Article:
Time passes quickly, and before you know it a year has gone by.
I titled my blog spot to dispell a point that recently came up on BringATrailer.com There was a Giulia Spider Veloce for sale with all the correct numbers etc. One of the comments below the advertisement was how come the car doesn’t have the correct engine and instead have the Sprint Speciale engine?
Alfa Romeo in their infinite wisdom created a series of cars each with their own type number (10107, 10120, 10118 etc). With each type, the car was to have a special block numbering system to go with the car. In the case of the 10118 Giulia Spider Veloce, the block was to have been 00118.xxxxx series. Luigi Fusi’s book Alfa Romeo dal 1910 lists the Veloce as to having a 00118 block. We know there are errors in the listings as they have been found over the years. Even when I spoke to Cav Fusi about the book, he admitted there were mistakes. At least we had something to go on for history as there were no books until then. Imagine the monumental task of putting a book of Alfa Romeo cars from 1910 to the present in the 1960’s? In the compendium in the back it shows the models, type number, how many were made and production for each year in numbers as well as the chassis and engine number range.
Before I continue and give you the answer, we have to digress back to 1963. At that time the last of the 101 1300 spiders were coming to the end. The Sprint Speciale was also coming to an end. Max Hoffman who was the importer of Alfa Romeo’s to the US, based in NYC was wondering how he was going to sell cars. There was a network of dealers who sold cars and provided service/warranty to those cars and Max wanted to keep that going. Alfa Romeo was in the very early stages of creating the new 105 series cars with new bodies and suspensions. Those cars were not to be imported until 1966. So what was Max Hoffman going to do? There are no actual accounts of how all of this went down with Alfa Romeo, so this is pure conjecture on my part. Max must have contacted Alfa Romeo and probably said until you can get those 105 cars over here, I need something I can sell. Alfa Romeo said we can help you with the new 1600 cc engine dropped into the Sprint Speciale, Sprint, and Spider. They would offer a Normale (single Solex) and a Veloce model (twin Webers). The new 105 was to get a 1600 block so it made sense for Alfa Romeo to just cast more 1600 blocks.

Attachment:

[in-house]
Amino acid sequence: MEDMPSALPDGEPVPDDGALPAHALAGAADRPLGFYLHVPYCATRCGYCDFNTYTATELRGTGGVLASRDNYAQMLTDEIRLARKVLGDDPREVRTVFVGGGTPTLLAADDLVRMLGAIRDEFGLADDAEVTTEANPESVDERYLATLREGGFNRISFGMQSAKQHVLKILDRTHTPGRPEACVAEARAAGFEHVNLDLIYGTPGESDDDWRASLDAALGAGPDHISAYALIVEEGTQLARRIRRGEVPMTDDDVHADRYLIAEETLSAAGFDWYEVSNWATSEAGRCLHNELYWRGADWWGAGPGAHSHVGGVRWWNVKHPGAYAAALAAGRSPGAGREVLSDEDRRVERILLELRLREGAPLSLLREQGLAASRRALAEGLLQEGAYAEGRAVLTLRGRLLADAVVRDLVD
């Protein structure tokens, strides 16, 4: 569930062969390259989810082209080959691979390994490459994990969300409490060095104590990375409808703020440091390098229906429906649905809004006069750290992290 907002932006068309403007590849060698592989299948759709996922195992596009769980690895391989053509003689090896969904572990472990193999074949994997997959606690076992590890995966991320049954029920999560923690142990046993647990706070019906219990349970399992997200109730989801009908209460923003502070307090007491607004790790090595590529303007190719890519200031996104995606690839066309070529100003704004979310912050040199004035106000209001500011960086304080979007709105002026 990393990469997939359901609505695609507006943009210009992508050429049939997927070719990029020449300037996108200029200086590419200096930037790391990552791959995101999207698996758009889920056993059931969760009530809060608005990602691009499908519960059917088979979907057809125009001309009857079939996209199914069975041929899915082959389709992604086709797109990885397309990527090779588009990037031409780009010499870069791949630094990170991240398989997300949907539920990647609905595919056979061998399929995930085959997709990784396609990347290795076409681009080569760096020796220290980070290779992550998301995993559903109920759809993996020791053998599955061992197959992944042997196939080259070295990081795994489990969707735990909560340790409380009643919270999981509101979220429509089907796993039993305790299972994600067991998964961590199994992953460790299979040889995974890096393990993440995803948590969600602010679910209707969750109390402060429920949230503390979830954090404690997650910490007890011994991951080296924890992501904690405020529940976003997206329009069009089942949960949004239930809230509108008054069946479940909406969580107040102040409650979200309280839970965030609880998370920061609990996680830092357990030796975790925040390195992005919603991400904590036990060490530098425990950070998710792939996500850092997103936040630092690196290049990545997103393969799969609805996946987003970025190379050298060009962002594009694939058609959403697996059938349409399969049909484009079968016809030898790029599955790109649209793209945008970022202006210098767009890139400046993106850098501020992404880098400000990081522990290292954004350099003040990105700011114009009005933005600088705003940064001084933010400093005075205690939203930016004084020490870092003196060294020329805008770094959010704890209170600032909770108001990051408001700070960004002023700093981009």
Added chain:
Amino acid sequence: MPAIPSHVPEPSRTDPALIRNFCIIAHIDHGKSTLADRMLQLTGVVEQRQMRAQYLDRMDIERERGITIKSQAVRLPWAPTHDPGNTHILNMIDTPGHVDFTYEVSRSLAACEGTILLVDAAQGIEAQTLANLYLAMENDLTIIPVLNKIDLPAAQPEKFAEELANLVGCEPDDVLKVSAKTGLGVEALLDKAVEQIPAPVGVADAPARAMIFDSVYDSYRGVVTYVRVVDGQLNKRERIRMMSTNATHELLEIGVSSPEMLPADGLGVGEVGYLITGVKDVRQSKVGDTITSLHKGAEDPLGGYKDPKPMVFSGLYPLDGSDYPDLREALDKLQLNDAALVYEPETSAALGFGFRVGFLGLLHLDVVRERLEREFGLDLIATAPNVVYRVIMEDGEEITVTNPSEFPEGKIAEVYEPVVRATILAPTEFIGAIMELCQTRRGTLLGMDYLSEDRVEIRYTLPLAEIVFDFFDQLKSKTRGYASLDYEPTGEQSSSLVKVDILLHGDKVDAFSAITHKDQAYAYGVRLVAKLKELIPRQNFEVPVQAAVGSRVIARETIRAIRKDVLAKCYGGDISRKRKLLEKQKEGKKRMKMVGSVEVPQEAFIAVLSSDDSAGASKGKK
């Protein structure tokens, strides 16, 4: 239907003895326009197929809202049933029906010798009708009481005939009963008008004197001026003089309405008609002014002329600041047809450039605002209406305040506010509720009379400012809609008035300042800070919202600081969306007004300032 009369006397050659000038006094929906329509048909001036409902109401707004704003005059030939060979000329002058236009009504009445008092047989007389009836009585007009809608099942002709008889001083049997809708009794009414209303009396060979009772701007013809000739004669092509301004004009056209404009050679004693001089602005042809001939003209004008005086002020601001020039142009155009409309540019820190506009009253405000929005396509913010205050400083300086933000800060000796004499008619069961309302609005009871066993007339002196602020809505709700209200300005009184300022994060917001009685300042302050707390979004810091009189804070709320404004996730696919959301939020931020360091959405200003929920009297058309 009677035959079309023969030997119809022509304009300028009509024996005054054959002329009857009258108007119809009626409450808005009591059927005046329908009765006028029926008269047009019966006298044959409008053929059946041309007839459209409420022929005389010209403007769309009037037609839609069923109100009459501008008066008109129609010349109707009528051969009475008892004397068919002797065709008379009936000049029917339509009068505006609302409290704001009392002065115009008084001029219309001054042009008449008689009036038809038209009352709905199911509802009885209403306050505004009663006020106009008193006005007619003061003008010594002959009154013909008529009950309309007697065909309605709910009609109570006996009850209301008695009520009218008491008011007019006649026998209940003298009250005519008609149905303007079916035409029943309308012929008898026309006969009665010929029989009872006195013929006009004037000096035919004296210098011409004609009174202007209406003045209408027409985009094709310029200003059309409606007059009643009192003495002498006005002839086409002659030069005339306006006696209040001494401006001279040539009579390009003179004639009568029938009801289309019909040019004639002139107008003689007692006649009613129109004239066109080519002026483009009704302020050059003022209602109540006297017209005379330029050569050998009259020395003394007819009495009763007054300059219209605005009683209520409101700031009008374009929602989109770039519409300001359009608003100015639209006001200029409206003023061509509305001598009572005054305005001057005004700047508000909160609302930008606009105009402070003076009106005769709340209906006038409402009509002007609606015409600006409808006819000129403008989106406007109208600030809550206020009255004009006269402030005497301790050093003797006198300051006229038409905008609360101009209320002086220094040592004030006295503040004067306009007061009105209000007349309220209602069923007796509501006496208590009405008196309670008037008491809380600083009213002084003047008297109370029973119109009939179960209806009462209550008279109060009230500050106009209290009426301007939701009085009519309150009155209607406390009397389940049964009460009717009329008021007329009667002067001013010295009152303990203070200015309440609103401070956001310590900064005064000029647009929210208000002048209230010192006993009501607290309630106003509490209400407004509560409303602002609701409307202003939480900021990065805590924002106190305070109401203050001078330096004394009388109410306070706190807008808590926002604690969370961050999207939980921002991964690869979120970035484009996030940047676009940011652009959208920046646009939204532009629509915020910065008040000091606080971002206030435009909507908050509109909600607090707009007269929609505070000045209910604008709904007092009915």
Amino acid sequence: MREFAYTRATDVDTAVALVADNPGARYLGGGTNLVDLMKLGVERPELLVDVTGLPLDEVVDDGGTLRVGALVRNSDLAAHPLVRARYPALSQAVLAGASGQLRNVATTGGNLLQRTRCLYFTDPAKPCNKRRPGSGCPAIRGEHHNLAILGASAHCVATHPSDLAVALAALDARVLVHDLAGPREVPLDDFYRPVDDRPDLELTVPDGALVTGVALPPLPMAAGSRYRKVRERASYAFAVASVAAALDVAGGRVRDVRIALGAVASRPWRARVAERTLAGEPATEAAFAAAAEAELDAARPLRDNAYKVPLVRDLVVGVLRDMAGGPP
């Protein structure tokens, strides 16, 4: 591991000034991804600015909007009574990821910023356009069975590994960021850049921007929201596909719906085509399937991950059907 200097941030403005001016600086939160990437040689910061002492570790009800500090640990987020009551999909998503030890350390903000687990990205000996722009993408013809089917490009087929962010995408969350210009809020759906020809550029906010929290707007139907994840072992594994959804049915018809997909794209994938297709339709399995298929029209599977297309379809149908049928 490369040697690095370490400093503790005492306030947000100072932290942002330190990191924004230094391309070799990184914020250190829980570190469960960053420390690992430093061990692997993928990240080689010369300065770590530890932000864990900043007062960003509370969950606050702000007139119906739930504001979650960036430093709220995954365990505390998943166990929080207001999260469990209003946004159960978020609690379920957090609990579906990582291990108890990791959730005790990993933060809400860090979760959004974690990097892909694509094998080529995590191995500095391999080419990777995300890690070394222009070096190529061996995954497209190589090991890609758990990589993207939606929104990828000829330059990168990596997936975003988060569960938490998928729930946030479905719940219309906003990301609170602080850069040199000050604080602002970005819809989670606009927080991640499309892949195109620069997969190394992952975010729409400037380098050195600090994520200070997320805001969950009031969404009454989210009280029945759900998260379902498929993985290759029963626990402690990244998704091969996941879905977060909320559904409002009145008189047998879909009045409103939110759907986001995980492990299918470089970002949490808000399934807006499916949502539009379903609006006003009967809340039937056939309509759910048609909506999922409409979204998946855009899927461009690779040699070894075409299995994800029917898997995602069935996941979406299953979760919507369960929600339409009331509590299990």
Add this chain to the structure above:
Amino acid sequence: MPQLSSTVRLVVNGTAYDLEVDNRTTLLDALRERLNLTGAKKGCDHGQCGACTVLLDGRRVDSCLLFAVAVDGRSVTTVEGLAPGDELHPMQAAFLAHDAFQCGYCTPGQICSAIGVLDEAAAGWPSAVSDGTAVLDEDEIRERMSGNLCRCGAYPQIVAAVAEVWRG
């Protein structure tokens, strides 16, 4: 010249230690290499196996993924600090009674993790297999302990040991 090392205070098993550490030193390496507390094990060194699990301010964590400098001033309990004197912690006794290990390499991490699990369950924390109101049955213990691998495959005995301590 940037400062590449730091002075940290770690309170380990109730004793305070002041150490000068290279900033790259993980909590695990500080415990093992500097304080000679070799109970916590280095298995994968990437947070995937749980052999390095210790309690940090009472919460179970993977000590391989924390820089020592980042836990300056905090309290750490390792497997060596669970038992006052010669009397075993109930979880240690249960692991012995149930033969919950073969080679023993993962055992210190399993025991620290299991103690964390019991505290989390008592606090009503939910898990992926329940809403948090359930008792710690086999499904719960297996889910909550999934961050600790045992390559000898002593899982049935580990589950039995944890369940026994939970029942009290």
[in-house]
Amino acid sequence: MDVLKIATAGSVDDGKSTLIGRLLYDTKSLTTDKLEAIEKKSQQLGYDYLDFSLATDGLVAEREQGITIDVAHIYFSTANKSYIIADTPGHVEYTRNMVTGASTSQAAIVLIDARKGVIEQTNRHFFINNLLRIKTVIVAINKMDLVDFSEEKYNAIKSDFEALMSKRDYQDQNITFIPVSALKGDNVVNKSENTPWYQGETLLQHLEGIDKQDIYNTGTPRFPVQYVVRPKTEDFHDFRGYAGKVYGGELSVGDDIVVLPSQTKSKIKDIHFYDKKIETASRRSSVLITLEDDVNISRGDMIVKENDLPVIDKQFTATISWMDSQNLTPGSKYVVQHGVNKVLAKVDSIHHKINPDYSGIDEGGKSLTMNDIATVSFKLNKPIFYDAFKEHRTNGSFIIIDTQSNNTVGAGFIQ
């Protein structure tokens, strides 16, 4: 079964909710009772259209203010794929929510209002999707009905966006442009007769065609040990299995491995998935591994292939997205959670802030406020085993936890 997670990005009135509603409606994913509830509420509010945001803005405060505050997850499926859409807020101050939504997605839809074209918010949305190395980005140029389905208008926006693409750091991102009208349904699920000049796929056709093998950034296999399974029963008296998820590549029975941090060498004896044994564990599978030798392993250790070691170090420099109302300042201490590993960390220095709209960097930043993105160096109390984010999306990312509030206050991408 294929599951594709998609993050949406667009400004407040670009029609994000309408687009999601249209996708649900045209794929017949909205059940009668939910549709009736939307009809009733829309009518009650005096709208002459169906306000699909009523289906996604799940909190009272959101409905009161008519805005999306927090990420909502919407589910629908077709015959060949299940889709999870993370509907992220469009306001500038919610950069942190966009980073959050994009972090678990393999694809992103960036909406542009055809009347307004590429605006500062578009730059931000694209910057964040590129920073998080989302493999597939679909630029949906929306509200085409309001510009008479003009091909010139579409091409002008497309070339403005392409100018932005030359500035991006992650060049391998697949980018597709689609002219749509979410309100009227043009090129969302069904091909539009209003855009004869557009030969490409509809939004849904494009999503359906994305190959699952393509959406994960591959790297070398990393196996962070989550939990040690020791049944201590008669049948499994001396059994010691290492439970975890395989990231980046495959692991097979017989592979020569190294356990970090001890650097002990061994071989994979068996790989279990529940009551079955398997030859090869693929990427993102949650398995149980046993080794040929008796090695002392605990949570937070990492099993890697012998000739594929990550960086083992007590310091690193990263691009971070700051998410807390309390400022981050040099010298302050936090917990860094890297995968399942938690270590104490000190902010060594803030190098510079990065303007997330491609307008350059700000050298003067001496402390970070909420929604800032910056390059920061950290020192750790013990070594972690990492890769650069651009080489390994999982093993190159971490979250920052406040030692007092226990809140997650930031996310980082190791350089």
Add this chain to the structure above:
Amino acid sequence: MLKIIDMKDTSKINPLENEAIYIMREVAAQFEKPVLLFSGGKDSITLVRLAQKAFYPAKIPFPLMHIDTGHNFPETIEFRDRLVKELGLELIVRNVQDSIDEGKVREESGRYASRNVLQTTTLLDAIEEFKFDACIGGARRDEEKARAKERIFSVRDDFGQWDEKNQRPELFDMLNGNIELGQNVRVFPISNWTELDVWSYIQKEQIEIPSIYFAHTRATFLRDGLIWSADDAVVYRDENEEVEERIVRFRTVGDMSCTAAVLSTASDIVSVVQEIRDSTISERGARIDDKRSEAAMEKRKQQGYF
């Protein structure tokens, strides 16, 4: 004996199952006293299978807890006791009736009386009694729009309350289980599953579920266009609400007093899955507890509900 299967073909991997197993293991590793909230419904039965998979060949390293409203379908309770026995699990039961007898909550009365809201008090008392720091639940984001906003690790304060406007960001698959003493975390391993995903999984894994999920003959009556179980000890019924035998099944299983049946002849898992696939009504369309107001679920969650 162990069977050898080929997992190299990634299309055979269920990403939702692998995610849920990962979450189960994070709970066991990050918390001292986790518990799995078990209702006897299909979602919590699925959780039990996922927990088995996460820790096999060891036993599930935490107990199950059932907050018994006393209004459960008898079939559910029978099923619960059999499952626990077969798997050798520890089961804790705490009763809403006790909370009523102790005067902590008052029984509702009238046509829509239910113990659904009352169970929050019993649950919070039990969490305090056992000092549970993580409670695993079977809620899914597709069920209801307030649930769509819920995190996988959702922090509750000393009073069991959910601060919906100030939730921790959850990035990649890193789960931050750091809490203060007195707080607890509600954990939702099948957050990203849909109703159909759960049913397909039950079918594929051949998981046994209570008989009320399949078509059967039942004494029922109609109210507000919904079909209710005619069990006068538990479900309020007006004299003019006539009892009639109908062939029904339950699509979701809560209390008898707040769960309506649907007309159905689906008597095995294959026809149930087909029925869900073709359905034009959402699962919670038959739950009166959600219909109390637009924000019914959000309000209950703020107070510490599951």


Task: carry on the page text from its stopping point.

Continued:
So the Sprint Speciale got the 10121.xxxxx block. The Giulia normale got its own and the Giulia Veloce “was” to have had the 00118. However, there must have been a change in plans at the factory as to why these blocks were never built. Instead, they made more of the 10121 blocks and installed those into the Giulia Veloce’s. It made sense to just make more and warehouse them until they were needed instead of creating a new series of blocks and storing those separately. Since the SS and the Giulia Veloce were going down the same assembly line, it made sense to just pick the next engine in the cue to install. The SS 1600 was built in 1963-1964. The Giulia Veloce was built in 1964-1965. These were the last of the 101 bodies from Pininfarina. They were never to be built but as I made conjecture above, it was a stop gap to sell cars.
I will say this once more, there never was a 00118 engine block made. Someone has tried to fake one but it was discovered to have been a modified stamping. Sure, someone could buy a new replacement block without a number, stamp a 00118 engine number on to it, and call it good. However, if you look at the Giulia Veloce register and the SS register you would soon be found out as those cars all have 10121 blocks.
There you have it, the facts as I know them.